Displayed at the IBA trade fair for the first time last week, the vdE Chocolate Moulding machine is designed for decorative, filled chocolates and promises reduced downtime for sanitation.
Health and safety have always been a high priority for chocolatiers but recent scares in the industry, such as the UK Cadbury Schweppes salmonella contamination, have prompted manufacturers to reassess cleaning procedures.
Designer Hans van der Ent of Van der Ent Machines told confectionerynews.com the machine was created to suit manufacturers prioritising cost and cleanliness and estimated that it could be cleaned within 20 minutes.
He said: "Hygiene is a big factor. We kept the design of the machine simple so that it can be cleaned easily but it is still very efficient - with one machine you can do a number of products."
The Spooner Vicars equipment, which can process 25 moulds a minute and accommodates a range of differently weighted moulds, carries template trays down a conveyor belt where they are filled with jets, vibrated and cooled.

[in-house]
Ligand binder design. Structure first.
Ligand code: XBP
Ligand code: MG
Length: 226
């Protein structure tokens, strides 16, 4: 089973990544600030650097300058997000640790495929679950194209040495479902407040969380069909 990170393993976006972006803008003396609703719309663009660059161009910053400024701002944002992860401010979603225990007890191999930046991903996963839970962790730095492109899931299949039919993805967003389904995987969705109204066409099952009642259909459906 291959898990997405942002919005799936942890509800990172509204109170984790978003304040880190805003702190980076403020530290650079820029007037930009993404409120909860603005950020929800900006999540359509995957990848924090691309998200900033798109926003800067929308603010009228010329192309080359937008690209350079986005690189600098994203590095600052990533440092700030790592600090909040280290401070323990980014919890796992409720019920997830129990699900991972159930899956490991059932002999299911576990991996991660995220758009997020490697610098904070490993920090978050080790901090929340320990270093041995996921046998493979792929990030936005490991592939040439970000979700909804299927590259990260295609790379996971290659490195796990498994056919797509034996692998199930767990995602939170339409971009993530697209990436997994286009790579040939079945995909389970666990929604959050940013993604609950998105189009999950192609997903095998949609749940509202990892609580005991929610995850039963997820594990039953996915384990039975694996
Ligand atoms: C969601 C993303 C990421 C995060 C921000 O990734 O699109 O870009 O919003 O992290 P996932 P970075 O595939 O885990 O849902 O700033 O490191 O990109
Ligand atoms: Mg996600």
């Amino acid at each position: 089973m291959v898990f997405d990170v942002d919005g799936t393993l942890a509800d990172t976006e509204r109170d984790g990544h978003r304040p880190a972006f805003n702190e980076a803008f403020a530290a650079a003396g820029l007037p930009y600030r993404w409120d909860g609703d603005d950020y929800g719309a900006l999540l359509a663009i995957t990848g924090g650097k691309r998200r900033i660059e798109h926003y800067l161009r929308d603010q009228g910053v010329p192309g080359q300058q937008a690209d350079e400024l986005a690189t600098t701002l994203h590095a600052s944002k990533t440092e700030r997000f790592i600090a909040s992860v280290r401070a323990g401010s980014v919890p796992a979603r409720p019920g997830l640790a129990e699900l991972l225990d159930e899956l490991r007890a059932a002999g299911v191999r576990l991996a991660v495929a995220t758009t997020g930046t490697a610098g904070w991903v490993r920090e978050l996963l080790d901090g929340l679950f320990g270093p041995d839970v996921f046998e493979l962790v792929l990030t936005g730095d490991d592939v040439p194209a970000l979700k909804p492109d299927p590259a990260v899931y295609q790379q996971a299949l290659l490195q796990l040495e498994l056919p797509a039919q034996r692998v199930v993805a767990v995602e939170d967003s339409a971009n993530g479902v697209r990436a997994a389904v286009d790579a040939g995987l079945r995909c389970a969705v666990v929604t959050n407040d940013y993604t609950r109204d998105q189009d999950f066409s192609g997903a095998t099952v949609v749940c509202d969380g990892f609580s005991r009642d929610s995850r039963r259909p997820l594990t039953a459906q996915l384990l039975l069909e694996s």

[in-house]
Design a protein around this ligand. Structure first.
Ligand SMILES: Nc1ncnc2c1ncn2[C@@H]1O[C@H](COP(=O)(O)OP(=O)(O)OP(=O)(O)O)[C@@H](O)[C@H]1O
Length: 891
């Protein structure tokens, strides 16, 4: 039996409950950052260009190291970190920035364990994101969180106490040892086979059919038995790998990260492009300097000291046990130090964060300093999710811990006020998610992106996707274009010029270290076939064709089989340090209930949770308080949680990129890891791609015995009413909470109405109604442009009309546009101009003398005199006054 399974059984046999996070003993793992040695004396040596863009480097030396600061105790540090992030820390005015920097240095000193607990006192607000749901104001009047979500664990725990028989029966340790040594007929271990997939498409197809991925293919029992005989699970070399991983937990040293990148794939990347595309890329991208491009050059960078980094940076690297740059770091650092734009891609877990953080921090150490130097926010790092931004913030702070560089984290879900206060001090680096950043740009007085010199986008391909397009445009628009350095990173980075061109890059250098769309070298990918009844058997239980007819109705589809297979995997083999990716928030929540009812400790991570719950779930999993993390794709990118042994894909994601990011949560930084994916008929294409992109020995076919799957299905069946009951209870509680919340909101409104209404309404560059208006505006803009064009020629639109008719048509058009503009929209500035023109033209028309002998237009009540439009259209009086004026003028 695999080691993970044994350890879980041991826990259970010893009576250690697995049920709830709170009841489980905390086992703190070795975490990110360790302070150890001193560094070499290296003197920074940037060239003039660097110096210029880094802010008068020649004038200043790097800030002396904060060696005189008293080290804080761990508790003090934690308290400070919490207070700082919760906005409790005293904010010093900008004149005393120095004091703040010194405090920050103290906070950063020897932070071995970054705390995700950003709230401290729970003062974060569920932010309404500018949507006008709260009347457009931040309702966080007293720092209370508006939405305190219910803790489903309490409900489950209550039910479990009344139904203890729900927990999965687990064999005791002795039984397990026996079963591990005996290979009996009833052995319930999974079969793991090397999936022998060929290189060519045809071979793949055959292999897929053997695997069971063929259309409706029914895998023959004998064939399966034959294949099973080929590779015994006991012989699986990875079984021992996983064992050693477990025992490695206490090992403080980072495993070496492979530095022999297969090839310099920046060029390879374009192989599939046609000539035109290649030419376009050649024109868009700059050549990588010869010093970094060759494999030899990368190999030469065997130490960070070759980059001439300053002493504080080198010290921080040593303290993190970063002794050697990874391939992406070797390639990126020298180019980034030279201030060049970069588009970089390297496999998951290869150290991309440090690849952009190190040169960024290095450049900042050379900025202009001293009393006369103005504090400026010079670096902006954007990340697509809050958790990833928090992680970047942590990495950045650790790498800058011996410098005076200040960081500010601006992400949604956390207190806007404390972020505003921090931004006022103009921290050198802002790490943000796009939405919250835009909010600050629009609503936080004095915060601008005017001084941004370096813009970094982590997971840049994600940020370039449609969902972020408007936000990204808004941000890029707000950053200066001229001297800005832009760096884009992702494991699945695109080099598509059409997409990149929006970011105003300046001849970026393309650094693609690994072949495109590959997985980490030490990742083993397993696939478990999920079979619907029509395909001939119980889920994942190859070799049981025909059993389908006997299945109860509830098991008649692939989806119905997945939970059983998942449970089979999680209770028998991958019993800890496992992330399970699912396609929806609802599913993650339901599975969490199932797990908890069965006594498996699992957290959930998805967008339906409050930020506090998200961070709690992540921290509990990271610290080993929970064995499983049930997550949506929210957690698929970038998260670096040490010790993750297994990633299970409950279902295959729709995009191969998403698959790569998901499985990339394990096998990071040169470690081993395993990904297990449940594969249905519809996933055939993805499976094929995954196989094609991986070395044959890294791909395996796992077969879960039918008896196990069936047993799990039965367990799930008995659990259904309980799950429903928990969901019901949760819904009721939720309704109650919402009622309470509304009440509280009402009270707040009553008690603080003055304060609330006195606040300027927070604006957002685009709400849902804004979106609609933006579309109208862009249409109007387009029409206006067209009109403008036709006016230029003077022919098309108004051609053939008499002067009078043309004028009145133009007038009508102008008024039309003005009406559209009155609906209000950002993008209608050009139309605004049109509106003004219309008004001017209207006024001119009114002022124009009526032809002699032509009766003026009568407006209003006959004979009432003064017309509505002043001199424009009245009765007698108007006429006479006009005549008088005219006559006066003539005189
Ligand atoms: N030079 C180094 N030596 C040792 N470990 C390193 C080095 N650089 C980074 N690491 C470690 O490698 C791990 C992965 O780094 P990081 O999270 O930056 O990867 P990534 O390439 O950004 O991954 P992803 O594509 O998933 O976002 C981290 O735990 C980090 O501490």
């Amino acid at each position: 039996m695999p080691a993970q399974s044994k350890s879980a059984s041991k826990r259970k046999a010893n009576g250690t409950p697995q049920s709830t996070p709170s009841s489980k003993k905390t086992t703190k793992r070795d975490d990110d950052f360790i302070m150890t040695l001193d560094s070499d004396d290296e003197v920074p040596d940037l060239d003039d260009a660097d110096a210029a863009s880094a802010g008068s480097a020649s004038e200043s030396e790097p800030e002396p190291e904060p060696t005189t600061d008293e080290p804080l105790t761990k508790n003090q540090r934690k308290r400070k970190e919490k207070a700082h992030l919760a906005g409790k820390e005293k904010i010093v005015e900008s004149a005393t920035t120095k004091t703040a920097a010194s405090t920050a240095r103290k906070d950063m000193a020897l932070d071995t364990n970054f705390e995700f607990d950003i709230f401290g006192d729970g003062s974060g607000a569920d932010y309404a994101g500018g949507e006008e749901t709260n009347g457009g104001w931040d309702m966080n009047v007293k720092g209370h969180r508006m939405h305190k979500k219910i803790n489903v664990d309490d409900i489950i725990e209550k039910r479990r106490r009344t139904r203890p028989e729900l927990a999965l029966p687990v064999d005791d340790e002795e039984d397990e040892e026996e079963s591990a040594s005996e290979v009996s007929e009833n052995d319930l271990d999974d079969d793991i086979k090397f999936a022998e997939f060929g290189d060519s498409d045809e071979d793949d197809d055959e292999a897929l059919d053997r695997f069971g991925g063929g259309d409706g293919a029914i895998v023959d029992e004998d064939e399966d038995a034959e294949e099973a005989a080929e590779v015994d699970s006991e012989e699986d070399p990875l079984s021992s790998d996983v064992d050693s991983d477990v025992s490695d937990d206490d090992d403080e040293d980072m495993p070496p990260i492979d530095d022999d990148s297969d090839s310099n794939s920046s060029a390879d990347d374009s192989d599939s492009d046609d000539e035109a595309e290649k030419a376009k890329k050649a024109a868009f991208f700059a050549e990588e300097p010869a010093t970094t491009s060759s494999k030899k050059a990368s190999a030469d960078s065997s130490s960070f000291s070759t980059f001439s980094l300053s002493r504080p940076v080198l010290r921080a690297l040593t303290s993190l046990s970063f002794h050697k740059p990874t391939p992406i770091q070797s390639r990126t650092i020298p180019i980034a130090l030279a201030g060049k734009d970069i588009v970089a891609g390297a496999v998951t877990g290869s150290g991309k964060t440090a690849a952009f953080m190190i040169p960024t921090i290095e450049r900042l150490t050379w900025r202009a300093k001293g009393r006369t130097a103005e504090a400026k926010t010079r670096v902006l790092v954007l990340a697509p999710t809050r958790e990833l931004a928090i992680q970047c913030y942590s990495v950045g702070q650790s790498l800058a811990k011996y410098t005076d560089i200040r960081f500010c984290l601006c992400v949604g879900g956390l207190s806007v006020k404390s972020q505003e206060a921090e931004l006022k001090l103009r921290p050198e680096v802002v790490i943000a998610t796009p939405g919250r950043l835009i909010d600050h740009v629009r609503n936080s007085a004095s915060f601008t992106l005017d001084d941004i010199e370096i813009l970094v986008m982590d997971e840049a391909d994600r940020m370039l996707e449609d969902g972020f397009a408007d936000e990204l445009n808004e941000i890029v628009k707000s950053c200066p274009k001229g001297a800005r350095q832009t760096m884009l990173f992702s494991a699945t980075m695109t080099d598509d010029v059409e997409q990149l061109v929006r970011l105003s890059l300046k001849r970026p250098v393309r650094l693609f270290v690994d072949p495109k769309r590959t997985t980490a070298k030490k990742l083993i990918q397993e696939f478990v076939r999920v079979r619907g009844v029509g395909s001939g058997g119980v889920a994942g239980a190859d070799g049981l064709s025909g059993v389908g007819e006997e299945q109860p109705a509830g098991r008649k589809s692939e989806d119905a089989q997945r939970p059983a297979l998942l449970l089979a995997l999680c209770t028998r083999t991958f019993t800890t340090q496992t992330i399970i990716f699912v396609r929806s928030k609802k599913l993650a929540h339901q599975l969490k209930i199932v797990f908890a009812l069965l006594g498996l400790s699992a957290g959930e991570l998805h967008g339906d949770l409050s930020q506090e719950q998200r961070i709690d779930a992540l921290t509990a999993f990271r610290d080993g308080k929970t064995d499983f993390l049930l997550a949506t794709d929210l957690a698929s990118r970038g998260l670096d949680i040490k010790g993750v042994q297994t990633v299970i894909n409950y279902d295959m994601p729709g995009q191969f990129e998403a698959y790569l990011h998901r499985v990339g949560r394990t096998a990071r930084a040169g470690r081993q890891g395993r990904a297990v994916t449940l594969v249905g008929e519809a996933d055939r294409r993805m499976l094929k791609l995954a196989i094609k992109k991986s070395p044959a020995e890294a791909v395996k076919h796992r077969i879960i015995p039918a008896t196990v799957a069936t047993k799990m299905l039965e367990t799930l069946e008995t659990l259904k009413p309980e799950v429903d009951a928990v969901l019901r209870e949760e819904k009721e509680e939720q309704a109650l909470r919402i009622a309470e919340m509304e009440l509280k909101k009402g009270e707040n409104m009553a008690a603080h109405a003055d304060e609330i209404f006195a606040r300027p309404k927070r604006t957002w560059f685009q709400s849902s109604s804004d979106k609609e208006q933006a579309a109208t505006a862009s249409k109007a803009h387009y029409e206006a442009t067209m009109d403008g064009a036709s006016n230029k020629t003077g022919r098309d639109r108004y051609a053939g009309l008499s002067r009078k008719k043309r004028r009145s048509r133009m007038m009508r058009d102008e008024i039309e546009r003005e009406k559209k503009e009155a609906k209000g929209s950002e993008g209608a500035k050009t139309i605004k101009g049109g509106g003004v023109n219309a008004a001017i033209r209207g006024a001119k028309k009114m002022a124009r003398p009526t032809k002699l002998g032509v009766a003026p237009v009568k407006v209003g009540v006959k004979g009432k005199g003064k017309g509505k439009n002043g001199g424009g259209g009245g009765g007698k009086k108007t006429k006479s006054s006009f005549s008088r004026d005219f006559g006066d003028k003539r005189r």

The company claims the deposit accuracy of the jets means moulds cannot be overfilled, reducing waste and mess.
Once the trays are filled they are vibrated to allow the chocolate shells to set.
According to Van der Ent, vibrating rather than the commonly-used tapping process is more effective as it reduces the risk of air pockets forming and produces a good shell for the chocolate filling.
Trapped air and weak shells in the final product can prove a problem for manufacturers as shelf life and chocolate quality are badly affected.
In addition to safeguarding chocolate freshness, vibrating rather than tapping dramatically reduces noise during processing, an important consideration in the factory environment.